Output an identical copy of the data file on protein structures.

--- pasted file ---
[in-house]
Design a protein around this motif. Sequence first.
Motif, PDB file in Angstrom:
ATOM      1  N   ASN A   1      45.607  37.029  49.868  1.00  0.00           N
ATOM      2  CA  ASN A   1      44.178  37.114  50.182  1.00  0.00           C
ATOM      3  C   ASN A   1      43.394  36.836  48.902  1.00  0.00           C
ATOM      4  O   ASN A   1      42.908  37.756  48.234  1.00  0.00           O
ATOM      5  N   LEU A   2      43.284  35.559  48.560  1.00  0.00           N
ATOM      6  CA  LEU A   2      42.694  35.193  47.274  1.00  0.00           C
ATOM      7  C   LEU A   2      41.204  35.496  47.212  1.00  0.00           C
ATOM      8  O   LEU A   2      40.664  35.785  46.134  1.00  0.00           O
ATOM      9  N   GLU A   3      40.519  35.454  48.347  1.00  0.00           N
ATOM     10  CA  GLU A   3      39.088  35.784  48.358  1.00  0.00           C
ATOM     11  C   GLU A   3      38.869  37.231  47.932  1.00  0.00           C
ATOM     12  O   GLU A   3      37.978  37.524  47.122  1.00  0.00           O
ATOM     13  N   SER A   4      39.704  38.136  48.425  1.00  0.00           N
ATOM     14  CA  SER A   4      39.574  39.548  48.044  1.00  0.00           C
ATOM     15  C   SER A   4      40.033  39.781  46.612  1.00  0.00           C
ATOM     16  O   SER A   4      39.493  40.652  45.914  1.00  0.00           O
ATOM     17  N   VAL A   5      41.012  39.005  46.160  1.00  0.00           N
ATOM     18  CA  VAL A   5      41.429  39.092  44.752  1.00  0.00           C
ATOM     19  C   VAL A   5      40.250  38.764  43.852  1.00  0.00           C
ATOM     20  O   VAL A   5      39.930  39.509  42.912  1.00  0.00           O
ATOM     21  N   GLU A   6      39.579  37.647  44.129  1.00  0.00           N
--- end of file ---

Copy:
[in-house]
Design a protein around this motif. Sequence first.
Motif, PDB file in Angstrom:
ATOM      1  N   ASN A   1      45.607  37.029  49.868  1.00  0.00           N
ATOM      2  CA  ASN A   1      44.178  37.114  50.182  1.00  0.00           C
ATOM      3  C   ASN A   1      43.394  36.836  48.902  1.00  0.00           C
ATOM      4  O   ASN A   1      42.908  37.756  48.234  1.00  0.00           O
ATOM      5  N   LEU A   2      43.284  35.559  48.560  1.00  0.00           N
ATOM      6  CA  LEU A   2      42.694  35.193  47.274  1.00  0.00           C
ATOM      7  C   LEU A   2      41.204  35.496  47.212  1.00  0.00           C
ATOM      8  O   LEU A   2      40.664  35.785  46.134  1.00  0.00           O
ATOM      9  N   GLU A   3      40.519  35.454  48.347  1.00  0.00           N
ATOM     10  CA  GLU A   3      39.088  35.784  48.358  1.00  0.00           C
ATOM     11  C   GLU A   3      38.869  37.231  47.932  1.00  0.00           C
ATOM     12  O   GLU A   3      37.978  37.524  47.122  1.00  0.00           O
ATOM     13  N   SER A   4      39.704  38.136  48.425  1.00  0.00           N
ATOM     14  CA  SER A   4      39.574  39.548  48.044  1.00  0.00           C
ATOM     15  C   SER A   4      40.033  39.781  46.612  1.00  0.00           C
ATOM     16  O   SER A   4      39.493  40.652  45.914  1.00  0.00           O
ATOM     17  N   VAL A   5      41.012  39.005  46.160  1.00  0.00           N
ATOM     18  CA  VAL A   5      41.429  39.092  44.752  1.00  0.00           C
ATOM     19  C   VAL A   5      40.250  38.764  43.852  1.00  0.00           C
ATOM     20  O   VAL A   5      39.930  39.509  42.912  1.00  0.00           O
ATOM     21  N   GLU A   6      39.579  37.647  44.129  1.00  0.00           N